A Straw Man is an imaginary construct that embodies everything the writer doesn’t like about something, someone, or some group. By nature, it requires gross a generalization that attaches the particular to a whole. In the context of religion and spirituality, it finds expression in a writer creating a character or group of characters to represent a set of ideas he finds objectionable in some way. The illusion is that if the writer can knock down this Straw Man, he has defeated the ideas.
In some ways this is a subset of Screaming from the Pulpit. The difference lies in the personification of the point-of-view. One Hugo-winning science fiction novelist did this, for example, by staging a fictional philosophical battle between theist and atheist viewpoints with the apparent agenda of proving the atheist viewpoint to be rational and superior to the theist viewpoint.
The Straw Religion, in this case, was a set of specifically Roman Catholic dogmas that the reader was asked to accept as representative of all belief in God. The Straw Man (actually a Straw Woman) was set up. Hard and very appropriate questions were put to her, but alas, she was unable to answer them intelligently — possibly because the writer couldn’t imagine any intelligent answers for them. He therefore resorted to having the Straw Woman fall back on shrill, dogmatic, and emotional rhetoric. I found myself feeling like a kid in the back of the classroom waving my hand and crying, “Pick me! Pick me! I can answer that!”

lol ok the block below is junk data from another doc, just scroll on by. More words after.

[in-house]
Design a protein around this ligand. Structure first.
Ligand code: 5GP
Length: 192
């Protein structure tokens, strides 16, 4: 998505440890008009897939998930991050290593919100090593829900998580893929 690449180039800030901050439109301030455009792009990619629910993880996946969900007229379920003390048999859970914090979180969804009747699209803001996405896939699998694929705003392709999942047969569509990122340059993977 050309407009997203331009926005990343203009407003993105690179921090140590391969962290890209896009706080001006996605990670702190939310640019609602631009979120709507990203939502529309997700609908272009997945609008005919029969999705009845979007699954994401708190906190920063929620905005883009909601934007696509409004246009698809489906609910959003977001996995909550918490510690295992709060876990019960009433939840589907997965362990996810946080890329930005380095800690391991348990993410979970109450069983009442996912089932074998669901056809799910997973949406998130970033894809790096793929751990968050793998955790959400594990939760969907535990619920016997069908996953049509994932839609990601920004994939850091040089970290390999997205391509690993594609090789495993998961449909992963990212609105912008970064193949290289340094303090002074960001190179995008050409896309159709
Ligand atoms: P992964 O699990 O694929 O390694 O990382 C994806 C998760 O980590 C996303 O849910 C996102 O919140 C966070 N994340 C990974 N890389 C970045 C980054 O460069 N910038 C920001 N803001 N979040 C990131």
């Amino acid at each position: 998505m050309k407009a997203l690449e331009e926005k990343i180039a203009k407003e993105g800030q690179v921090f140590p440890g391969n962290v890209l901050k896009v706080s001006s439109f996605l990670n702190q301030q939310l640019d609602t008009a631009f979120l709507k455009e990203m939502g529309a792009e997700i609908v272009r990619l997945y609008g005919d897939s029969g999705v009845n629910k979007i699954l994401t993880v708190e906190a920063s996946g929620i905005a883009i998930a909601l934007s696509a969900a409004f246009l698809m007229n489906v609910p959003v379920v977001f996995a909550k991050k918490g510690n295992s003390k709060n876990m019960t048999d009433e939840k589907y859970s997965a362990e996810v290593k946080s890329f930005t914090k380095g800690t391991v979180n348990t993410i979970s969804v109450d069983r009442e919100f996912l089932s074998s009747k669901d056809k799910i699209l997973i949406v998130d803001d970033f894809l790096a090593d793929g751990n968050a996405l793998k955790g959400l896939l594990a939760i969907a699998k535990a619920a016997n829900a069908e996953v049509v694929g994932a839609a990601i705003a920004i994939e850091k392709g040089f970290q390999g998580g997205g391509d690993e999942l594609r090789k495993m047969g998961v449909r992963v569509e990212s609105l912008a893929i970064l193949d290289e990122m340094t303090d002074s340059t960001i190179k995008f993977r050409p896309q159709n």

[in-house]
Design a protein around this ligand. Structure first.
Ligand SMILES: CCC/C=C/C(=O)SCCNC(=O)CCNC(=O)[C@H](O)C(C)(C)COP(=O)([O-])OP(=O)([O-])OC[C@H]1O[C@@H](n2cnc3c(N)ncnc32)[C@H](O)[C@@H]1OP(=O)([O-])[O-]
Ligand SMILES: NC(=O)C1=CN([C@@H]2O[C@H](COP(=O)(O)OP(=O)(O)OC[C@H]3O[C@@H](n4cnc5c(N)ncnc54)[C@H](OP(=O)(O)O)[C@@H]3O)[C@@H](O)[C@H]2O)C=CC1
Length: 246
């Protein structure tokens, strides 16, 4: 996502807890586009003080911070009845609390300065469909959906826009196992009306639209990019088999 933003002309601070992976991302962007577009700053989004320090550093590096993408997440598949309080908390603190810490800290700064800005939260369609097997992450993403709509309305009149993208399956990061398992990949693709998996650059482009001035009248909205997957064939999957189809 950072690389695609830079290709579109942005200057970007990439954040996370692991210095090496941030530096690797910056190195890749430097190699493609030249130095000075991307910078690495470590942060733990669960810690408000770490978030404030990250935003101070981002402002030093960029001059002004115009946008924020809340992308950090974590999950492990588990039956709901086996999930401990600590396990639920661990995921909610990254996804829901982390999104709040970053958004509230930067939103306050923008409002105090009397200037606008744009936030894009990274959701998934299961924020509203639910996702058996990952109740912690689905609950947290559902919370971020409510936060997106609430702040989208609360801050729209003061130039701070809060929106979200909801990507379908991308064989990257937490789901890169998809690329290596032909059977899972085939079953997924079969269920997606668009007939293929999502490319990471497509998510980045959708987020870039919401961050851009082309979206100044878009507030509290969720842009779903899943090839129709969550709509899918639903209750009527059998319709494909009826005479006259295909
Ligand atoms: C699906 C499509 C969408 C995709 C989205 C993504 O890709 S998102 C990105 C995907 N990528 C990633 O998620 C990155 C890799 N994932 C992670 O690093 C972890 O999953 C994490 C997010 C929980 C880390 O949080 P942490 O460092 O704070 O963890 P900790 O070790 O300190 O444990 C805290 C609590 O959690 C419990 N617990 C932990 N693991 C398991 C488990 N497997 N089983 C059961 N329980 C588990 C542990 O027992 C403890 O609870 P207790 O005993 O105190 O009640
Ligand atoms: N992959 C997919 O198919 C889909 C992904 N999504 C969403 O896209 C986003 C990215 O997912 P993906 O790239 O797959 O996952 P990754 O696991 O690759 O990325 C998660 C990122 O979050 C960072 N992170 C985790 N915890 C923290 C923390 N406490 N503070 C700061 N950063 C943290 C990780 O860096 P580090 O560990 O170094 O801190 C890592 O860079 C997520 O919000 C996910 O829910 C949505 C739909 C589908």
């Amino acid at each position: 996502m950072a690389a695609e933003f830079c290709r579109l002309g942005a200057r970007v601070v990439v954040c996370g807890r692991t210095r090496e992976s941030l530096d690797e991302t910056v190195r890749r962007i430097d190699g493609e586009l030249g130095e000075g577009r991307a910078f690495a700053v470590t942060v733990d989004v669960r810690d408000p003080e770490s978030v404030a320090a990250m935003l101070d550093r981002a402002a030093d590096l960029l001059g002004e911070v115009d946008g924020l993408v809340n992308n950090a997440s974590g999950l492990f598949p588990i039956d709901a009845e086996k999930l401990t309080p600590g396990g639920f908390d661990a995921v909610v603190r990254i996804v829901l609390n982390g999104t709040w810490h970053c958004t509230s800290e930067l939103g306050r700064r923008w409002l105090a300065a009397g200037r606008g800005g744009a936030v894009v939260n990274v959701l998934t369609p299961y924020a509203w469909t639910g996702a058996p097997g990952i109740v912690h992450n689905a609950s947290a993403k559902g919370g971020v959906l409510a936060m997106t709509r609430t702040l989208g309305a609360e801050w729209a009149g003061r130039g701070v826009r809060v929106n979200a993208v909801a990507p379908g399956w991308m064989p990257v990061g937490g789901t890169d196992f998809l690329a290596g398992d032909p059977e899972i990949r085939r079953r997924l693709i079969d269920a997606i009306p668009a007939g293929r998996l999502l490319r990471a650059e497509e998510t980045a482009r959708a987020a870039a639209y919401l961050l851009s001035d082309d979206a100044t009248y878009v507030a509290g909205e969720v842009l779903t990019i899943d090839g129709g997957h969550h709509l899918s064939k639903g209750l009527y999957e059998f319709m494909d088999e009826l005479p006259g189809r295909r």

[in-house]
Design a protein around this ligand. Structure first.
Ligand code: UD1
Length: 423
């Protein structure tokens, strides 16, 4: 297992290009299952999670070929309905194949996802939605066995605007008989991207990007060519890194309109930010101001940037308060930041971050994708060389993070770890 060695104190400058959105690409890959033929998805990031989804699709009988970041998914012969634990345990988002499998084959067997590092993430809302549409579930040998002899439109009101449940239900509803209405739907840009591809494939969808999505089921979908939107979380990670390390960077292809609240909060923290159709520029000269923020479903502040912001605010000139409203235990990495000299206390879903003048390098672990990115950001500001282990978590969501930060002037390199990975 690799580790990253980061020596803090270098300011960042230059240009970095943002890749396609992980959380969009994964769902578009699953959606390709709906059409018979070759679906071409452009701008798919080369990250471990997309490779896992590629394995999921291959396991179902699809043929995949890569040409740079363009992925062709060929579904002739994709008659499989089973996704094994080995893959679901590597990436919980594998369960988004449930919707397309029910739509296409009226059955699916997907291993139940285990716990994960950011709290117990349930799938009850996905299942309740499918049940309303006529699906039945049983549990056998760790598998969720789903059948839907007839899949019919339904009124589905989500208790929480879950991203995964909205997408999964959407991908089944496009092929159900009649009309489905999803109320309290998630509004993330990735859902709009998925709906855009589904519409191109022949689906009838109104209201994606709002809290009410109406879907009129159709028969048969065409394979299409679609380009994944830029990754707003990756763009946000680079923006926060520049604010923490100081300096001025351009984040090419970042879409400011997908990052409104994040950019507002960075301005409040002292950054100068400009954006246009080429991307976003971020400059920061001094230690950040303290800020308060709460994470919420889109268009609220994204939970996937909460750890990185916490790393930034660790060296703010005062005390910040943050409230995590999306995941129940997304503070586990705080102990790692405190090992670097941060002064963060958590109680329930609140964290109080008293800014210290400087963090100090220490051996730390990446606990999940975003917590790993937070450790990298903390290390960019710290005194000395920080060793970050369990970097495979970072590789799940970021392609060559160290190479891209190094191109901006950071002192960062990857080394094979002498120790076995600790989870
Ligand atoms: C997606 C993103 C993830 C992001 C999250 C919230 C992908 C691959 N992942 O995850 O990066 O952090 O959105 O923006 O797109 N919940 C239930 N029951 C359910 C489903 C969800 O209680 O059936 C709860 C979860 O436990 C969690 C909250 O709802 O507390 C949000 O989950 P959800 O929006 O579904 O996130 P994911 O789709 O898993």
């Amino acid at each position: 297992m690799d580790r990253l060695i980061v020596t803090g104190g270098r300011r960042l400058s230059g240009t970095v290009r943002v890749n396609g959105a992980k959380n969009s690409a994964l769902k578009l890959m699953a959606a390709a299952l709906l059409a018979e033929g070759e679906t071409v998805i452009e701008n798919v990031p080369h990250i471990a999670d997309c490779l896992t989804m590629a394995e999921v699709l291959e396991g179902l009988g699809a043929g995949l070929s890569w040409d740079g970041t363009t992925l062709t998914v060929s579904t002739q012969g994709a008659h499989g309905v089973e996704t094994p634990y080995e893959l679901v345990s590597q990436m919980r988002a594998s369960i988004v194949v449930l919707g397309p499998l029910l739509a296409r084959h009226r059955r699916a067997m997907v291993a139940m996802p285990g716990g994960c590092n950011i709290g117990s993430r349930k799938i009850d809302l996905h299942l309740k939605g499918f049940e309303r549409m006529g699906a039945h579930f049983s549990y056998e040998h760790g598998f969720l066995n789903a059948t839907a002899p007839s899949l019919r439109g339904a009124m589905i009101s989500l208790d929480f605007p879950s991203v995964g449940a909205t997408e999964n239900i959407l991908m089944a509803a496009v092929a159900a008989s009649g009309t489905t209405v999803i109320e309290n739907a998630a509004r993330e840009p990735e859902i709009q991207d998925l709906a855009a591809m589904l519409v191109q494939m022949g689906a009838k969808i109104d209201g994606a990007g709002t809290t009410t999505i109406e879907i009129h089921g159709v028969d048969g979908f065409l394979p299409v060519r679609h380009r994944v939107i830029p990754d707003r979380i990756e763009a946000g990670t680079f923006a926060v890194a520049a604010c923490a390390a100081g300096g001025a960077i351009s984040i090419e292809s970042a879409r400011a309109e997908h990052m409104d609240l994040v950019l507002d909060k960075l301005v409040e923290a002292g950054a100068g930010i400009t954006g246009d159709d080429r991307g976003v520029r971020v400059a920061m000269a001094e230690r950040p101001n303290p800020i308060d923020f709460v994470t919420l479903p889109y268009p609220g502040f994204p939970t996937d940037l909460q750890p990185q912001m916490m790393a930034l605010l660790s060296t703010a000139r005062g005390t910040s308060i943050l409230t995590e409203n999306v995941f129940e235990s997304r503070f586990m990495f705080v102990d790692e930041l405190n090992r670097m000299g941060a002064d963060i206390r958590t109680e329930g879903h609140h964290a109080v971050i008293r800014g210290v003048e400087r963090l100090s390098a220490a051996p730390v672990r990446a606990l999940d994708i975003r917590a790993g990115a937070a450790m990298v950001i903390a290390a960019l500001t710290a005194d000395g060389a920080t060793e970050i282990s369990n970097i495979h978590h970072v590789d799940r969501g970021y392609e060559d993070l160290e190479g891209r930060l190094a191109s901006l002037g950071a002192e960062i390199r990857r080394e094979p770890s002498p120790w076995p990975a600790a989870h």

The reader in this case was asked to accept that “Religion” had lost the battle with “Reason,” when nothing like a real dialogue between the two had actually taken place. The reading experience, for me, was most unsatisfying, though the novel was well-received.
How can a writer avoid building a house of straw?
Again, it’s critical that a writer understand “opposing” point(s) of view before tackling a philosophical dialogue. If you write anything that approaches an ideological debate, be as well-informed as possible about divergent viewpoints and try to represent them fairly.
When I write dialogue that explores a key point of conflict between characters, I try to let the conversation go where it will. Instead of writing what I need a character to say to make a point, I try to write what someone with this belief system would actually say or ask at this point in the conversation. As you might imagine, this can lead to some interesting places I had no intention of going. It can be fascinating, exciting, and maddening, and there have been times when I’ve had to retrench and remold an idea because an “opposing player” raised a point I hadn’t thought of until it came out of the character’s mouth.
Next time: Writing with neutrality, ambiguity, humor and affection